It is not uncommon I realise, but the change in season and a taste of what sunshine actually looks and feels like makes me feel buoyant.
I allow myself to daydream about what I will be wearing in the months ahead when (a) I might actually fit into something that isn't capacious (b) we can bare shoulders, go sans-jacket and flash an ankle or calf with reckless abandon (c) it is balmy.
Hopefully, my repertoire may include one or two pieces from major cult eco-label Reformation - which not only creates exquisite designs, but seems intent on revolutionising the fashion industry.
Created in 2009 by dynamic designer and environmentalist Yael Aflalo, the Downtown LA based brand offers style with a conscience, with their mission being to lead and inspire a sustainable way to be fashionable. To ensure their creations come at a fraction of the environmental impact of more conventional fashion, all Reformation pieces are produced by either responsible manufacturing partners in the US or overseas using sustainable methods and materials. They also source natural fabrics and materials like Tencel, repurposed vintage pieces and recycled 'deadstock' fabric while incorporating better practices throughout their supply chain. In summary, they make killer clothes that don't kill the environment.
It may officially be my new obsession but Reformation is by no means a new label; it has been knocking about since 2009 and has been adorned by those cool LA girls and a heap of famous faces since then. It has been on my personal radar since Sienna Miller started wearing it circa 2014 - like the beautiful Felice Jumpsuit below - but it's at the top of my wish-list again right this minute. I have spent an inordinate amount of time hungrily poring over the Reformation website and planning what I might treat myself to if the budget stretches (and when my belly stops stretching).
Reformation is great for a number of reasons.
- They make bold, factual statements about the Impact of Fashion that make you stop and think. Like Fashion is the third most polluting industry in the world, and the second largest consumer of water. Making fabric uses water, energy, chemicals, and other resources that most people don’t think about, or ever see. We think knowledge is power, so we talk about resource use, climate change, and other impacts of fashion. This made me stop and think. It's facile to preach about LOVING fashion (which, sincerely, I do) and to casually affix #fashionlover to your Tweets and your Insta pics without giving any real thought to how lovely things are actually produced and what they might be doing to destroy our planet.
- They use a tool on their website called RefScale which tracks the impact each of their garments has on the environment. For example, if I were to purchase this sunshiny Caftan Dress (can I, please?) I would know that this garment required 252 gallons of water versus the industry standard of 1832 gallons of water and therefore I would save 1580 gal. This makes me feel happy.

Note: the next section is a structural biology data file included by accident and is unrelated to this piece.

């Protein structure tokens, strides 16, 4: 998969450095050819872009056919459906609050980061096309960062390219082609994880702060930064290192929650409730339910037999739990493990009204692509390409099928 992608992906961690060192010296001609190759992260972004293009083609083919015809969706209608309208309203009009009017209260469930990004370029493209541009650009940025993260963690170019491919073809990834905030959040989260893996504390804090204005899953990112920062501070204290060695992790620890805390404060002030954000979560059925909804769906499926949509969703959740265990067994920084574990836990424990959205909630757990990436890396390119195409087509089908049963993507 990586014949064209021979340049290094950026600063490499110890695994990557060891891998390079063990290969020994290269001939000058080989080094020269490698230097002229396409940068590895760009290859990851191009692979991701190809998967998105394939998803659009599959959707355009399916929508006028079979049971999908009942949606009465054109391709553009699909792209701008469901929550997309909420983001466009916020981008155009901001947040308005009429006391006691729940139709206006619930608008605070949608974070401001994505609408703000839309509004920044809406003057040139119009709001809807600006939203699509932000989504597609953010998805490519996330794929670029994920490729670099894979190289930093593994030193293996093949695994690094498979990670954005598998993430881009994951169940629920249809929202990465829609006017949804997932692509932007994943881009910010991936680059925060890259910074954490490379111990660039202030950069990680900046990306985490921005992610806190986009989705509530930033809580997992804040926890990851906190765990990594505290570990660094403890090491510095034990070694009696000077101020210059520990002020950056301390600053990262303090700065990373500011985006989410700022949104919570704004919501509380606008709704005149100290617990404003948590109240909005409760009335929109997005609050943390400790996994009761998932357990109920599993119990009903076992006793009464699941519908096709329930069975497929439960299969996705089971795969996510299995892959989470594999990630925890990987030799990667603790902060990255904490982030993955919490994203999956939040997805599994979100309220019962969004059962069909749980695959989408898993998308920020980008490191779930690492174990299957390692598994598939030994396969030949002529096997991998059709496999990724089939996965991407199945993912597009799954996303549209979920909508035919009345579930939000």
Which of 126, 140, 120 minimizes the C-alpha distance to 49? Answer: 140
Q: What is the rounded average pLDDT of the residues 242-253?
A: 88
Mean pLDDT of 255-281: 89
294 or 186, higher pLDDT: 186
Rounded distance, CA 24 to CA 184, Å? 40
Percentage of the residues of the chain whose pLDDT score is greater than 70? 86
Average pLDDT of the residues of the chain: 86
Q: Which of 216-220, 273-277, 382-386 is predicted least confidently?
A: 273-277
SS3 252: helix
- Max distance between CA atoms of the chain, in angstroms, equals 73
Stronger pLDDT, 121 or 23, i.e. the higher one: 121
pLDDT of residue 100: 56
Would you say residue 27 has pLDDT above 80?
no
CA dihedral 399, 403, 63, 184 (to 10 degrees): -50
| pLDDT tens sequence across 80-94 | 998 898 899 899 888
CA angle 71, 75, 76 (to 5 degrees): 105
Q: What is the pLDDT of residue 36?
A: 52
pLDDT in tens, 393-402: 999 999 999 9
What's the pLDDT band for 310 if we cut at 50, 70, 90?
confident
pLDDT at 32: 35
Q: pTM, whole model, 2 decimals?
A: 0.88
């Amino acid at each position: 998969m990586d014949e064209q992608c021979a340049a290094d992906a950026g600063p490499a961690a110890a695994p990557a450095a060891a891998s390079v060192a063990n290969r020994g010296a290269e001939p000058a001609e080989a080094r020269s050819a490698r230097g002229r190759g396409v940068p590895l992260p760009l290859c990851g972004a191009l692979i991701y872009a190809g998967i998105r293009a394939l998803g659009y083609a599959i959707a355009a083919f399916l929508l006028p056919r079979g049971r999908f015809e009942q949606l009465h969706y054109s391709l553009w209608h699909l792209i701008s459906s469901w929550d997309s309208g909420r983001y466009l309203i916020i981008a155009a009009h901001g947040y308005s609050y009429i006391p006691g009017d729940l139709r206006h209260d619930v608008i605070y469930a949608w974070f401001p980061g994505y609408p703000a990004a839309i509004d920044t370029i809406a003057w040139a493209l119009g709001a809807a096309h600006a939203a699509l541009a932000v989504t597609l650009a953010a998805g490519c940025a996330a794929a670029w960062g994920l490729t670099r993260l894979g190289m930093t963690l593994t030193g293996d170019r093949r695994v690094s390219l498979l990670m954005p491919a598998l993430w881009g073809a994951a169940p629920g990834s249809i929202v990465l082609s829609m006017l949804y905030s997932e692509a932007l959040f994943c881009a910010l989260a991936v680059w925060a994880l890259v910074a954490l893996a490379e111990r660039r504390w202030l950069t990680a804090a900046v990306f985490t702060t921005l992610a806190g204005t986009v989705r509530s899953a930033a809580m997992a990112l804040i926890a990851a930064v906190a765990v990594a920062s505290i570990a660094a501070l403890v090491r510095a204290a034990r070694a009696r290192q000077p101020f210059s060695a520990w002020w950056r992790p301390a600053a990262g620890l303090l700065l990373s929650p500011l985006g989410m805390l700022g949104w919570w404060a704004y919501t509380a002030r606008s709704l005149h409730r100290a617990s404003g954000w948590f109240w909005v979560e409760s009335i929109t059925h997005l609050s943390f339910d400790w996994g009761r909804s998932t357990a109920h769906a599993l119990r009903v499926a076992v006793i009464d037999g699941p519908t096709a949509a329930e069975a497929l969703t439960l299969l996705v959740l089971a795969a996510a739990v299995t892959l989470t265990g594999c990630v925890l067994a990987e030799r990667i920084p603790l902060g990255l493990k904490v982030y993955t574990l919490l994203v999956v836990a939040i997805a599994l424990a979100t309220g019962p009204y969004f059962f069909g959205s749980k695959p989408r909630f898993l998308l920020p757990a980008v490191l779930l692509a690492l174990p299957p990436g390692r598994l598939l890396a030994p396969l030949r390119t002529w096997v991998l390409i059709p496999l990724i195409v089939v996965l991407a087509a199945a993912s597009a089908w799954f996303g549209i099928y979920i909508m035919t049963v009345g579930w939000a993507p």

- Reformation Founder and CEO Aflalo is Making Earth Day her Every Day. The concept is that while most of us might be a bit cynical and assume we can’t individually make a big difference, Reformation have the data to prove that, hell yes, we can. For the lucky people who bought some Reformation stuff in the past year, they saved 250 million gallons of water - a number that will surpass 1 billion next year. To celebrate, they're launching a new super sustainable Earth Day Collection, which is really lovely. Power to the People.
- The clothes have the wow-factor and are undeniably sexy but it's not in-your-face sleaze which I'm not up for. It is confident and multifaceted. Their design mission is to make effortless silhouettes that celebrate the feminine figure. I'm always up for this.
- It is reasonably affordable and they offer free worldwide shipping. This is attractive but terrible news for my bank balance which will soon be maternity-leaved.
- Their Addilyn Dress in Barnyard is not only jaw-droppingly gorgeous, it is advertised as engineered for easy access and currently on the home page features a pretty lady breastfeeding near a tree somewhere verdant and lovely. Hurrah! I would like to think this will be me in Walthamstow in the coming weeks. It won't, but I can dream.
- Their Instagram account actually made me salivate. Then want to be on holiday, all year. Or living in LA. Neither of which will be happening anytime soon, so for now I'll Insta-stalk.
- The website is a design feature in itself - you could spend hours looking at it (oh no I didn't!). It has ornate Fabric Swatches, designs have lovely names like Moonshadow, Fruitcake and Rose Dazzle (how beautiful is that? Hi, potential baby name!*) and there are also Stories - a kind of inspirational moodboard with selected pieces that have great titles like Delicate f*cking flowers and Keep that effortless thing going. I'm certainly not a delicate f*cking flower and I'm not sure I have that effortless thing to even keep going, but by the grace of God I WILL FIND IT - and keep it going.
In the meantime I am seriously considering the following pieces when the time is right:
Labels like Reformation make me feel hopeful. They are doing great things for the planet, they produce beautiful clothes and they make me believe there could actually be life after maternity wear.
*I'm joking, Alex.